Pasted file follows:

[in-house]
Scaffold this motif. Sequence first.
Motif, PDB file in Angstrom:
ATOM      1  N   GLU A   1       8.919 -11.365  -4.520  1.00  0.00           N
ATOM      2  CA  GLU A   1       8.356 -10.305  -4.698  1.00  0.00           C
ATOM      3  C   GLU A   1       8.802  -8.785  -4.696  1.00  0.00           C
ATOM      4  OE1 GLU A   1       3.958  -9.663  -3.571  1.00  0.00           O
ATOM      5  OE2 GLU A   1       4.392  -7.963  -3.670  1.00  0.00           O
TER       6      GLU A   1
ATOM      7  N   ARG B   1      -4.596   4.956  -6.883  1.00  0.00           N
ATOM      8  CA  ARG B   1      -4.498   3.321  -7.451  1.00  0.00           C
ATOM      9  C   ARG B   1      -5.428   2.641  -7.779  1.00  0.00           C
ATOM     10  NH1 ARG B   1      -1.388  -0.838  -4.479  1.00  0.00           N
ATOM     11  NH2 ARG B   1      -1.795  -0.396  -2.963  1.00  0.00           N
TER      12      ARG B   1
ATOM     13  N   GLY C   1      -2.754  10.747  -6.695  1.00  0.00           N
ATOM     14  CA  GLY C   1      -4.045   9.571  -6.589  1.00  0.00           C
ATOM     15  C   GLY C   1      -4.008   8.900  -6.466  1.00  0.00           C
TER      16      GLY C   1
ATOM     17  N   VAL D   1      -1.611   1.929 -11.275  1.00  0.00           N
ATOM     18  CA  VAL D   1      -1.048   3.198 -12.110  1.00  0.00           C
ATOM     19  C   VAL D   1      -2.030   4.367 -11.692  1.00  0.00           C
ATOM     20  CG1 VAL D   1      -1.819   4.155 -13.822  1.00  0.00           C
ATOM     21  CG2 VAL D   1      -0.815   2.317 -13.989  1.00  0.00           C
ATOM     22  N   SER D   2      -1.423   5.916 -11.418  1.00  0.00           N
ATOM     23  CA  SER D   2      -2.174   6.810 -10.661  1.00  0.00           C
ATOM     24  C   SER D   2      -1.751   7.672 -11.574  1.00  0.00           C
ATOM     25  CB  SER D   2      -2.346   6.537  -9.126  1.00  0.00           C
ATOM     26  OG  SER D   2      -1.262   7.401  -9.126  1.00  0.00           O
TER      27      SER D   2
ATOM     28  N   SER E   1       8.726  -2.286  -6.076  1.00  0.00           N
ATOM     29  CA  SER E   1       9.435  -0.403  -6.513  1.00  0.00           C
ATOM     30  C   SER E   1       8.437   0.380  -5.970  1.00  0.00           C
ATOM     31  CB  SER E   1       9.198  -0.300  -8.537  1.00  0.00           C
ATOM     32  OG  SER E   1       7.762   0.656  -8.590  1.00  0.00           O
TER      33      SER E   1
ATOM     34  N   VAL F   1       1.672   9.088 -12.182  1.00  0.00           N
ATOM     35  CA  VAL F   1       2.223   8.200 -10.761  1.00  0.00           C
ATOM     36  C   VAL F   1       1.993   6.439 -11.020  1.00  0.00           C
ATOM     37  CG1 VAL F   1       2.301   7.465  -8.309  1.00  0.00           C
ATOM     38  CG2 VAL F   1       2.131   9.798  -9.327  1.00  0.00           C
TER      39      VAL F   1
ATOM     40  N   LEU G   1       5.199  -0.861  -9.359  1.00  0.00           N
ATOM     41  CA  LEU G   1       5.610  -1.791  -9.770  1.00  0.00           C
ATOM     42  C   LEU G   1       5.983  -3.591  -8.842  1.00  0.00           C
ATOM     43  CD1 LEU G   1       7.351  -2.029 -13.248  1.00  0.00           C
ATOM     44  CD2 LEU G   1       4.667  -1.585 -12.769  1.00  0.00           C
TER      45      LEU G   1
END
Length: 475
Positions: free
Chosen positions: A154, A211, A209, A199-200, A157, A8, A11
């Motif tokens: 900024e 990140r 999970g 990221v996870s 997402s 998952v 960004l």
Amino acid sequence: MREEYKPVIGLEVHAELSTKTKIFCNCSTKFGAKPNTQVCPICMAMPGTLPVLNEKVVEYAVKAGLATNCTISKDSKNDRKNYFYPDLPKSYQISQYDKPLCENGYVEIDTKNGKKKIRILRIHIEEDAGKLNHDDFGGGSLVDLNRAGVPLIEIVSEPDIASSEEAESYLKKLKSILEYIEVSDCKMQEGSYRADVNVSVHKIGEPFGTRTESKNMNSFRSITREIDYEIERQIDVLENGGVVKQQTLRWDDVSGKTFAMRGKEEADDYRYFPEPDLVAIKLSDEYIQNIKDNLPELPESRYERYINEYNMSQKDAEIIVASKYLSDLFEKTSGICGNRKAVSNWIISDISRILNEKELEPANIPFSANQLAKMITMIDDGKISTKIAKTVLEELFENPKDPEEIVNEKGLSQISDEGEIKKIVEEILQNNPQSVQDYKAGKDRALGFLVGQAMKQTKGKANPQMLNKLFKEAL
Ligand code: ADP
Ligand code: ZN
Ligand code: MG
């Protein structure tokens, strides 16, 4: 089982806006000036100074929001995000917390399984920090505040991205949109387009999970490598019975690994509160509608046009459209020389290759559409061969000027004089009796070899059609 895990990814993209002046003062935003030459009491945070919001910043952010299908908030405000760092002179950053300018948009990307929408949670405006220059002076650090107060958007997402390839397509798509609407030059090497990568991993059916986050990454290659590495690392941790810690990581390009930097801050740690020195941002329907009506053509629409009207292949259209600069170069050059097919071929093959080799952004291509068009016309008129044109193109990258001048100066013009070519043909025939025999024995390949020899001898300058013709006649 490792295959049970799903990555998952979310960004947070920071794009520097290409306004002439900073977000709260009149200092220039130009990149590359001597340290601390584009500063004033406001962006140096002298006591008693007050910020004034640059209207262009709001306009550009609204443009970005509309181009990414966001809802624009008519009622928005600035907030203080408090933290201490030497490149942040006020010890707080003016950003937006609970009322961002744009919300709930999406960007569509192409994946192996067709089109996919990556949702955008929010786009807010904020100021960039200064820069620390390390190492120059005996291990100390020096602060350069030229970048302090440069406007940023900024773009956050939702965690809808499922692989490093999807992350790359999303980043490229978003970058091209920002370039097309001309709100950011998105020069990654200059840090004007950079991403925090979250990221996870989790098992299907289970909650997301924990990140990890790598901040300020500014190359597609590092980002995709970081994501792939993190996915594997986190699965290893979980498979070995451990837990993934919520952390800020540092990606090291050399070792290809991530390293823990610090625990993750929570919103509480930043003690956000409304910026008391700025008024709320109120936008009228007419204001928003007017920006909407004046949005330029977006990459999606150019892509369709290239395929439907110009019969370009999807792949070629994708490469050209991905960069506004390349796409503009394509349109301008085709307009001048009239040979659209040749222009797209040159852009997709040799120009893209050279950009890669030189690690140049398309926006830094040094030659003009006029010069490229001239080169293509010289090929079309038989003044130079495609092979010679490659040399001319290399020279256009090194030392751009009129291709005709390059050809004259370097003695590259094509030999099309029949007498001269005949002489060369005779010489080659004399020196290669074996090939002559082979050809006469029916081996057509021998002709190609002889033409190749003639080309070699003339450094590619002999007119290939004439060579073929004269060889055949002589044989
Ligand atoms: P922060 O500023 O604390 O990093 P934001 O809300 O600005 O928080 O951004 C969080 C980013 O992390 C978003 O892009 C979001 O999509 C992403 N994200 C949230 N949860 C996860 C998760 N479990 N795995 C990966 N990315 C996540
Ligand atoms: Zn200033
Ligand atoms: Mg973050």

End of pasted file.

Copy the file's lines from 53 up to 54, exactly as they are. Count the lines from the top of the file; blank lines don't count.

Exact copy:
């Motif tokens: 900024e 990140r 999970g 990221v996870s 997402s 998952v 960004l």
Amino acid sequence: MREEYKPVIGLEVHAELSTKTKIFCNCSTKFGAKPNTQVCPICMAMPGTLPVLNEKVVEYAVKAGLATNCTISKDSKNDRKNYFYPDLPKSYQISQYDKPLCENGYVEIDTKNGKKKIRILRIHIEEDAGKLNHDDFGGGSLVDLNRAGVPLIEIVSEPDIASSEEAESYLKKLKSILEYIEVSDCKMQEGSYRADVNVSVHKIGEPFGTRTESKNMNSFRSITREIDYEIERQIDVLENGGVVKQQTLRWDDVSGKTFAMRGKEEADDYRYFPEPDLVAIKLSDEYIQNIKDNLPELPESRYERYINEYNMSQKDAEIIVASKYLSDLFEKTSGICGNRKAVSNWIISDISRILNEKELEPANIPFSANQLAKMITMIDDGKISTKIAKTVLEELFENPKDPEEIVNEKGLSQISDEGEIKKIVEEILQNNPQSVQDYKAGKDRALGFLVGQAMKQTKGKANPQMLNKLFKEAL